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What More Than Parental Income, Education and Occupation? An Exploration of What Swedish Siblings Get from Their Parents

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  • Björklund Anders

    ()
    (Stockholm University)

  • Lindahl Lena

    ()
    (Stockholm University)

  • Lindquist Matthew J.

    ()
    (Stockholm University)

Abstract

Sibling correlations are broader measures of the impact of family and community influences on individual outcomes than intergenerational correlations. Estimates of such correlations in income show that more than half of the family and community influences that siblings share are uncorrelated with parental income. We employ a data set with rich family information to explore what factors in addition to traditional measures of parents’ socio-economic status can explain sibling similarity in long-run income. Measures of family structure and social problems account for very little of sibling similarities beyond that already accounted for by income, education and occupation. However, when we add indicators of parental involvement in schoolwork, parenting practices and maternal attitudes, the explanatory power of our variables increases from about one-quarter (using only traditional measures of parents’ socio-economic status) to nearly two-thirds.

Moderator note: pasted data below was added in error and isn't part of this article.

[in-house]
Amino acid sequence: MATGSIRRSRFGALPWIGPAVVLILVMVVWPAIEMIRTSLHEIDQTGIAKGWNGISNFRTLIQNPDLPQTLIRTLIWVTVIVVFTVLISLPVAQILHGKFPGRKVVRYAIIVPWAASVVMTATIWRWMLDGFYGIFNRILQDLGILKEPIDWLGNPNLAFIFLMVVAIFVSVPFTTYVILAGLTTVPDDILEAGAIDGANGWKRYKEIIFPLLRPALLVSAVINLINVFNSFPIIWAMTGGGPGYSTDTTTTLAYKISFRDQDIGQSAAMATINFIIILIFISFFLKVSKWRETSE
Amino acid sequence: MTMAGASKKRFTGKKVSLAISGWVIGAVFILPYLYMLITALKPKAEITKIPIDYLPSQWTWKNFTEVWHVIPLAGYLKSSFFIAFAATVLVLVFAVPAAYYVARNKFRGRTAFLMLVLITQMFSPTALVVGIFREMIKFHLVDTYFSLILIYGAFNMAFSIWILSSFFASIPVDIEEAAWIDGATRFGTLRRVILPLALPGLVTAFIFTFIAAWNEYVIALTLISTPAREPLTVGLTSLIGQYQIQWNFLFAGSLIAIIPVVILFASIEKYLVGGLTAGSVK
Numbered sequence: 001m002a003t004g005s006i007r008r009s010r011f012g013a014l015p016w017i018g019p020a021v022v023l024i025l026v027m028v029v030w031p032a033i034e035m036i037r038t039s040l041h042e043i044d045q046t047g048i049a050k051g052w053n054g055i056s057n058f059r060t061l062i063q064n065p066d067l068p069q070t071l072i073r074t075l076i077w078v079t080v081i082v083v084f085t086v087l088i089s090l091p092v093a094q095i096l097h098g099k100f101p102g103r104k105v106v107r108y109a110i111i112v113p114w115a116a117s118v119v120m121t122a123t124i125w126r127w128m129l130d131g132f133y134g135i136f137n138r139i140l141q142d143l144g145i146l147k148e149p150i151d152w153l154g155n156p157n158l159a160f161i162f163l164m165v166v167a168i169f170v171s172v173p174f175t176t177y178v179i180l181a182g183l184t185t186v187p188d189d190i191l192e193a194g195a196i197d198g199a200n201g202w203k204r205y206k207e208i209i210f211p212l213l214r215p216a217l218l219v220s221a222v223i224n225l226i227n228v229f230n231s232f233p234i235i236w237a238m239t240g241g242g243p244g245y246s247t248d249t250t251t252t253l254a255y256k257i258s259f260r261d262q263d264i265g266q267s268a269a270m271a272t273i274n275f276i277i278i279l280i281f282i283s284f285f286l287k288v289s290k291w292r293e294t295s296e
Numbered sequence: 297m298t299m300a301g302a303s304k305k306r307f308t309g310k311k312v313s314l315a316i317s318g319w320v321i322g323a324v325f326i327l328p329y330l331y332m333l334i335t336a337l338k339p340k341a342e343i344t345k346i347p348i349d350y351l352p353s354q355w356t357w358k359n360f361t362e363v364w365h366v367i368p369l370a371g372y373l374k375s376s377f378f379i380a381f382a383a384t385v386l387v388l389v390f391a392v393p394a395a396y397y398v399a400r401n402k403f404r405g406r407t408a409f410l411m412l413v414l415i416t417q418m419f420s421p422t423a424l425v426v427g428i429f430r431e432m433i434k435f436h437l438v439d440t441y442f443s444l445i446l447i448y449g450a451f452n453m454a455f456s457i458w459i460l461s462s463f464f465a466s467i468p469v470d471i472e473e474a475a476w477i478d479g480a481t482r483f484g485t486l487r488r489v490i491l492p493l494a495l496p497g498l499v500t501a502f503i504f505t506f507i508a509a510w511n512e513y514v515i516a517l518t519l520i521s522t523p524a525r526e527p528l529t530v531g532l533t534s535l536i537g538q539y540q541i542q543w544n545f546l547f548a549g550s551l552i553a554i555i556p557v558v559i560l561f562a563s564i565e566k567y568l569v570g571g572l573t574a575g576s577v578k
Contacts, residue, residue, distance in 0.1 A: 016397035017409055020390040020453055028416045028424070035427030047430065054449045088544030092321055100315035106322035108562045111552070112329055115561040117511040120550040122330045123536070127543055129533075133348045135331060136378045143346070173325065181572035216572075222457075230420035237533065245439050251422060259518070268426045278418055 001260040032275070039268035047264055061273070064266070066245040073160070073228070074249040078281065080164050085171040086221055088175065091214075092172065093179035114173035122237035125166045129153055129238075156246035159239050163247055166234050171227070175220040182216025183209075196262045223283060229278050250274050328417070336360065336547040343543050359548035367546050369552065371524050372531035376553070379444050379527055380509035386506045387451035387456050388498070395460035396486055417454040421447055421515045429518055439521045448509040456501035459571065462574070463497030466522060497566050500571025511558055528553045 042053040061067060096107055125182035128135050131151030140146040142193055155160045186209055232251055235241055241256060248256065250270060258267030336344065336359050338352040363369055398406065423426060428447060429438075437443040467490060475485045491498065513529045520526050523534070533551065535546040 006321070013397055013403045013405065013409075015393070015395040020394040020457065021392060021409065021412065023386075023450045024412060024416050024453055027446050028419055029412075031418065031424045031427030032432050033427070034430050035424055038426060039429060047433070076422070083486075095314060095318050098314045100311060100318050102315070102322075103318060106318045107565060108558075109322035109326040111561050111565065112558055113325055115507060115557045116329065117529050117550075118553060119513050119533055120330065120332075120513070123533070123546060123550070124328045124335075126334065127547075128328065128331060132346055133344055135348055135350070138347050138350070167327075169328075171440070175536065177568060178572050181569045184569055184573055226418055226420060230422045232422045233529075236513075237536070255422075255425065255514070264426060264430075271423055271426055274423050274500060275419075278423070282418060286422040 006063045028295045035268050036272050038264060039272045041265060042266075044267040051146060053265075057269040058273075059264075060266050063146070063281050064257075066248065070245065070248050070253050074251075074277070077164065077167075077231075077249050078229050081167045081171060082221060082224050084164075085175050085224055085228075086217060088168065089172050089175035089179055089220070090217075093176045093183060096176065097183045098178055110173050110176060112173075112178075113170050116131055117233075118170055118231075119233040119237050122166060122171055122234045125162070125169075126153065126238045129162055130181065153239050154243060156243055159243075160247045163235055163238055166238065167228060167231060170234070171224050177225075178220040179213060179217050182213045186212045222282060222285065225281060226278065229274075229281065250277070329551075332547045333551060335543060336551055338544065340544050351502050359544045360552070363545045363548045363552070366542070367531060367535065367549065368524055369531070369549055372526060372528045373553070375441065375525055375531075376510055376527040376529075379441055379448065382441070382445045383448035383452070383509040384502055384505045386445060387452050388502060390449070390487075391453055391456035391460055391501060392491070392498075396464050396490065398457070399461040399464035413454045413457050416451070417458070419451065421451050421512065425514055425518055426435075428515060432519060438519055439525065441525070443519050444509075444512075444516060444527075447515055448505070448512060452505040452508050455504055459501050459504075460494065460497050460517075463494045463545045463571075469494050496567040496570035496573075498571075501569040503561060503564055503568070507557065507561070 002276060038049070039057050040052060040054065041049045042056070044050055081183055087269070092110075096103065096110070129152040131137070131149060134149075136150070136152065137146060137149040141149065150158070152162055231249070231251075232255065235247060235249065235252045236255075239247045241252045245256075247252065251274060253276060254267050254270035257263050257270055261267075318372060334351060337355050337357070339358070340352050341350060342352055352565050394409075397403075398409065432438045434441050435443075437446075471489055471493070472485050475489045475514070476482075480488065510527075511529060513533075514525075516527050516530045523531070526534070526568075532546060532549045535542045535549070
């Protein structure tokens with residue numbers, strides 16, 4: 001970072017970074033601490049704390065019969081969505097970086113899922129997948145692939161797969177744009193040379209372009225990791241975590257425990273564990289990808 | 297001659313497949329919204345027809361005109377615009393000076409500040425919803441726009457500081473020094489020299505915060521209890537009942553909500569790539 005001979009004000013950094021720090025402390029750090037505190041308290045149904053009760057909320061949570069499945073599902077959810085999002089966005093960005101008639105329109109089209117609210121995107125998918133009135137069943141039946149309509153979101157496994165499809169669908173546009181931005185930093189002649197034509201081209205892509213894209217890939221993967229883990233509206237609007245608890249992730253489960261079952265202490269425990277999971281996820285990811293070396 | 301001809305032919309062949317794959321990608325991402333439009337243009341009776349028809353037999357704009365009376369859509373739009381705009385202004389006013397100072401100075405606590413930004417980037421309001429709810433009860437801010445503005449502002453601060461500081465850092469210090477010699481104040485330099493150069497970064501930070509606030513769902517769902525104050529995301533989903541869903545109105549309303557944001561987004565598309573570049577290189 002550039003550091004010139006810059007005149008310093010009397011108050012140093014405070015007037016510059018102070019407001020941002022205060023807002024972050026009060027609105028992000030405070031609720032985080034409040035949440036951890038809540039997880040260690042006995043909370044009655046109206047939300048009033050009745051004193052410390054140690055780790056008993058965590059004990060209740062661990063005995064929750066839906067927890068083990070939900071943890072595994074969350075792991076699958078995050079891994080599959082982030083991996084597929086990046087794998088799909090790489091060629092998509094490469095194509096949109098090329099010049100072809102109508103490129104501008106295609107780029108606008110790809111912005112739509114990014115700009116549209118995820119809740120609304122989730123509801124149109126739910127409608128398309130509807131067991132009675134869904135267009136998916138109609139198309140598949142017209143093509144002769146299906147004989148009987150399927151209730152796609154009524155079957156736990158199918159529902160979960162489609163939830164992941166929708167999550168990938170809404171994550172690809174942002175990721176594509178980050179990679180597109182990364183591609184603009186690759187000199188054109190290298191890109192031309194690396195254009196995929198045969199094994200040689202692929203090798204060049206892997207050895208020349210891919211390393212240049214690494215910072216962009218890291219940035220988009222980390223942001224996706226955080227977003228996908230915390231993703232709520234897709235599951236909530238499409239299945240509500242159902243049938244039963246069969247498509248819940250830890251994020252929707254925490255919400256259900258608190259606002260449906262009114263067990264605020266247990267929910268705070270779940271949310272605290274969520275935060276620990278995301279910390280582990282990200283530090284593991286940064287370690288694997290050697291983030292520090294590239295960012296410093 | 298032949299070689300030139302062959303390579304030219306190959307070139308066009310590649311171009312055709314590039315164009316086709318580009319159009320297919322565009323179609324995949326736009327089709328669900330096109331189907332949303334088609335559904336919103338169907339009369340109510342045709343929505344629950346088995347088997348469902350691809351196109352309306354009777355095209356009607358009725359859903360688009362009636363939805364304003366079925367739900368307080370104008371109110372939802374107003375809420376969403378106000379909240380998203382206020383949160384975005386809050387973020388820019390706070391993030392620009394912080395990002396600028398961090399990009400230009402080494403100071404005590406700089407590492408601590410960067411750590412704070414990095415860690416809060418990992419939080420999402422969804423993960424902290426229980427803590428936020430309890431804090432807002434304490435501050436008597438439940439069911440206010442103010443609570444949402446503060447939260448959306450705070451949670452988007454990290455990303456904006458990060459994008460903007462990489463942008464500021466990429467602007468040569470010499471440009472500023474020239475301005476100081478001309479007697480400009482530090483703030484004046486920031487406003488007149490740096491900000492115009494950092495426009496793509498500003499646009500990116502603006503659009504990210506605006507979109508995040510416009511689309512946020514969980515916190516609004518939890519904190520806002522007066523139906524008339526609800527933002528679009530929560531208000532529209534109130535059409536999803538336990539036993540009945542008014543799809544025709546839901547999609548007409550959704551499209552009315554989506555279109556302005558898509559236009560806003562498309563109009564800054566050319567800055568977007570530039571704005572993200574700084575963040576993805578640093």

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Bibliographic Info

Article provided by De Gruyter in its journal The B.E. Journal of Economic Analysis & Policy.

Volume (Year): 10 (2010)
Issue (Month): 1 (November)
Pages: 1-40

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Handle: RePEc:bpj:bejeap:v:10:y:2010:i:1:n:102

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